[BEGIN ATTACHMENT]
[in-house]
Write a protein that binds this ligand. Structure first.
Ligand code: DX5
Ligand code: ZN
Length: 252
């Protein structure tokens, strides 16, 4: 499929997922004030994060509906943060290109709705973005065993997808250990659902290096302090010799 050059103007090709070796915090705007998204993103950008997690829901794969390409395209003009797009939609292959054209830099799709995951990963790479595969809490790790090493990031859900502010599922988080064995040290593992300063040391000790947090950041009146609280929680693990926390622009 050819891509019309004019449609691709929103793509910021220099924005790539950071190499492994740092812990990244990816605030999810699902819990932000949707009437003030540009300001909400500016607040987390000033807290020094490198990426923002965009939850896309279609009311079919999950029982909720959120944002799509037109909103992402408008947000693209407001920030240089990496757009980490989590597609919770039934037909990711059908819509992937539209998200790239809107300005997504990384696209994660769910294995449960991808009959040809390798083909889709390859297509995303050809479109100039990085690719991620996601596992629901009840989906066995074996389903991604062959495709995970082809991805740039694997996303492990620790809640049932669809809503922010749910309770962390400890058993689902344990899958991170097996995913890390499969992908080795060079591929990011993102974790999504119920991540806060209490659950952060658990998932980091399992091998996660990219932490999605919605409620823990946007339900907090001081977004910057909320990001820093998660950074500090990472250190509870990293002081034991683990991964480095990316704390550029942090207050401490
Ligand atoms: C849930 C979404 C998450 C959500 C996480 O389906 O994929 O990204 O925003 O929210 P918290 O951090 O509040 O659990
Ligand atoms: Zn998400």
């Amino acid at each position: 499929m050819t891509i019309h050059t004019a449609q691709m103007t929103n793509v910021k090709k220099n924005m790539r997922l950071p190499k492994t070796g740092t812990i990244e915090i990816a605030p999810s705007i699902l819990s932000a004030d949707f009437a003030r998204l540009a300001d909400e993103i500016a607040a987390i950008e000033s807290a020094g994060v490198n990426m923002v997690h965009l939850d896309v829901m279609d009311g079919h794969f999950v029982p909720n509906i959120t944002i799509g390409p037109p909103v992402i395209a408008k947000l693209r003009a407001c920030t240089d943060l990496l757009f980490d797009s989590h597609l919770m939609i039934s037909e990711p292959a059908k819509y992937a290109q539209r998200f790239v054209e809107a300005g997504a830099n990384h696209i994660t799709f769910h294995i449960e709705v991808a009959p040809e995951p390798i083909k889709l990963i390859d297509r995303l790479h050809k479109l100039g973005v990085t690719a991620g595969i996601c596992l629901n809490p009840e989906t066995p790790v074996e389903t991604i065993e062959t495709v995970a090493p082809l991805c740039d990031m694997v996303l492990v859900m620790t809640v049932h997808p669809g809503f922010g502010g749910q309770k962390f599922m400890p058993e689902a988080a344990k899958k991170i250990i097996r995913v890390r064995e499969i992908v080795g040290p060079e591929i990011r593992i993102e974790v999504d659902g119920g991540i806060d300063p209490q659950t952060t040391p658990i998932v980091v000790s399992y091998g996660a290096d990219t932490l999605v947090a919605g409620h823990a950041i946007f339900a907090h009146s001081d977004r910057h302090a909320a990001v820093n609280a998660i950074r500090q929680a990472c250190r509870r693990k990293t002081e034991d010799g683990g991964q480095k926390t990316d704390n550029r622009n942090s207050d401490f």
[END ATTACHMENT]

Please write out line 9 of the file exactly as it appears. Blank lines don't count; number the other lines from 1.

């Amino acid at each position: 499929m050819t891509i019309h050059t004019a449609q691709m103007t929103n793509v910021k090709k220099n924005m790539r997922l950071p190499k492994t070796g740092t812990i990244e915090i990816a605030p999810s705007i699902l819990s932000a004030d949707f009437a003030r998204l540009a300001d909400e993103i500016a607040a987390i950008e000033s807290a020094g994060v490198n990426m923002v997690h965009l939850d896309v829901m279609d009311g079919h794969f999950v029982p909720n509906i959120t944002i799509g390409p037109p909103v992402i395209a408008k947000l693209r003009a407001c920030t240089d943060l990496l757009f980490d797009s989590h597609l919770m939609i039934s037909e990711p292959a059908k819509y992937a290109q539209r998200f790239v054209e809107a300005g997504a830099n990384h696209i994660t799709f769910h294995i449960e709705v991808a009959p040809e995951p390798i083909k889709l990963i390859d297509r995303l790479h050809k479109l100039g973005v990085t690719a991620g595969i996601c596992l629901n809490p009840e989906t066995p790790v074996e389903t991604i065993e062959t495709v995970a090493p082809l991805c740039d990031m694997v996303l492990v859900m620790t809640v049932h997808p669809g809503f922010g502010g749910q309770k962390f599922m400890p058993e689902a988080a344990k899958k991170i250990i097996r995913v890390r064995e499969i992908v080795g040290p060079e591929i990011r593992i993102e974790v999504d659902g119920g991540i806060d300063p209490q659950t952060t040391p658990i998932v980091v000790s399992y091998g996660a290096d990219t932490l999605v947090a919605g409620h823990a950041i946007f339900a907090h009146s001081d977004r910057h302090a909320a990001v820093n609280a998660i950074r500090q929680a990472c250190r509870r693990k990293t002081e034991d010799g683990g991964q480095k926390t990316d704390n550029r622009n942090s207050d401490f």